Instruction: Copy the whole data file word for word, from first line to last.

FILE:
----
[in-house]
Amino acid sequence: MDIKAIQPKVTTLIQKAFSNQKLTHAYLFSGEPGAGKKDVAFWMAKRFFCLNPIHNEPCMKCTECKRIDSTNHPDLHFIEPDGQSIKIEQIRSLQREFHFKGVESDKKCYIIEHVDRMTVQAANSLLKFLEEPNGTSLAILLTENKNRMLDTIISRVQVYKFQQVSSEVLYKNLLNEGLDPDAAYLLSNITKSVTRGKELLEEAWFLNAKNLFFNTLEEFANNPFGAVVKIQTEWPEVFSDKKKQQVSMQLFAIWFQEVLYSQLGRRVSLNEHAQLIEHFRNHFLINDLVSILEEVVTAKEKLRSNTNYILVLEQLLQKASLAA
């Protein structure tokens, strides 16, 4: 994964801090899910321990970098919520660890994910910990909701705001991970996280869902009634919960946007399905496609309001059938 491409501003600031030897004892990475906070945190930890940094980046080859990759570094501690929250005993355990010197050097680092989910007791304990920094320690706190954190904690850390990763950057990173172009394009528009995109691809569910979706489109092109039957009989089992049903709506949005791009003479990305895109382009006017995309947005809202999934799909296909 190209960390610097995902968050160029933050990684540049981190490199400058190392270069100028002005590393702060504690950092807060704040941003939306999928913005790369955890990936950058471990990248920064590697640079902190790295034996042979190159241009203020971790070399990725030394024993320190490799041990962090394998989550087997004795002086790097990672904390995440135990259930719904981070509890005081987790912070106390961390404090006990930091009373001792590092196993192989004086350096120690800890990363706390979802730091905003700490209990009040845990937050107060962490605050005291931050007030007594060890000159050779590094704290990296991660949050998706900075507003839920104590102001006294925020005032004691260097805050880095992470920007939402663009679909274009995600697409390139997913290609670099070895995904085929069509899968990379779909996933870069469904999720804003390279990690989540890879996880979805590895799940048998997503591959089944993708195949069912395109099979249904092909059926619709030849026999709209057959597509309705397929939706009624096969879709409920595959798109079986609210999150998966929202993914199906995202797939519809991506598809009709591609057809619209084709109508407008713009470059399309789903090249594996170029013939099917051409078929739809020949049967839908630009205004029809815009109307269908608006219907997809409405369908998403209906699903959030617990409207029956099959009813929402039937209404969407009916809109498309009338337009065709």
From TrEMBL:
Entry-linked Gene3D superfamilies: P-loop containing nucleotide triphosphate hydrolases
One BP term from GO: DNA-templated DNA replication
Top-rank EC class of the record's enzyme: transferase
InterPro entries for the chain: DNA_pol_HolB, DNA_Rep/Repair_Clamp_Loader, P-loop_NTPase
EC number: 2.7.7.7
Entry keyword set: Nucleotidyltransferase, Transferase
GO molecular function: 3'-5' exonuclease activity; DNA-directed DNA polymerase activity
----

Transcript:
[in-house]
Amino acid sequence: MDIKAIQPKVTTLIQKAFSNQKLTHAYLFSGEPGAGKKDVAFWMAKRFFCLNPIHNEPCMKCTECKRIDSTNHPDLHFIEPDGQSIKIEQIRSLQREFHFKGVESDKKCYIIEHVDRMTVQAANSLLKFLEEPNGTSLAILLTENKNRMLDTIISRVQVYKFQQVSSEVLYKNLLNEGLDPDAAYLLSNITKSVTRGKELLEEAWFLNAKNLFFNTLEEFANNPFGAVVKIQTEWPEVFSDKKKQQVSMQLFAIWFQEVLYSQLGRRVSLNEHAQLIEHFRNHFLINDLVSILEEVVTAKEKLRSNTNYILVLEQLLQKASLAA
């Protein structure tokens, strides 16, 4: 994964801090899910321990970098919520660890994910910990909701705001991970996280869902009634919960946007399905496609309001059938 491409501003600031030897004892990475906070945190930890940094980046080859990759570094501690929250005993355990010197050097680092989910007791304990920094320690706190954190904690850390990763950057990173172009394009528009995109691809569910979706489109092109039957009989089992049903709506949005791009003479990305895109382009006017995309947005809202999934799909296909 190209960390610097995902968050160029933050990684540049981190490199400058190392270069100028002005590393702060504690950092807060704040941003939306999928913005790369955890990936950058471990990248920064590697640079902190790295034996042979190159241009203020971790070399990725030394024993320190490799041990962090394998989550087997004795002086790097990672904390995440135990259930719904981070509890005081987790912070106390961390404090006990930091009373001792590092196993192989004086350096120690800890990363706390979802730091905003700490209990009040845990937050107060962490605050005291931050007030007594060890000159050779590094704290990296991660949050998706900075507003839920104590102001006294925020005032004691260097805050880095992470920007939402663009679909274009995600697409390139997913290609670099070895995904085929069509899968990379779909996933870069469904999720804003390279990690989540890879996880979805590895799940048998997503591959089944993708195949069912395109099979249904092909059926619709030849026999709209057959597509309705397929939706009624096969879709409920595959798109079986609210999150998966929202993914199906995202797939519809991506598809009709591609057809619209084709109508407008713009470059399309789903090249594996170029013939099917051409078929739809020949049967839908630009205004029809815009109307269908608006219907997809409405369908998403209906699903959030617990409207029956099959009813929402039937209404969407009916809109498309009338337009065709």
From TrEMBL:
Entry-linked Gene3D superfamilies: P-loop containing nucleotide triphosphate hydrolases
One BP term from GO: DNA-templated DNA replication
Top-rank EC class of the record's enzyme: transferase
InterPro entries for the chain: DNA_pol_HolB, DNA_Rep/Repair_Clamp_Loader, P-loop_NTPase
EC number: 2.7.7.7
Entry keyword set: Nucleotidyltransferase, Transferase
GO molecular function: 3'-5' exonuclease activity; DNA-directed DNA polymerase activity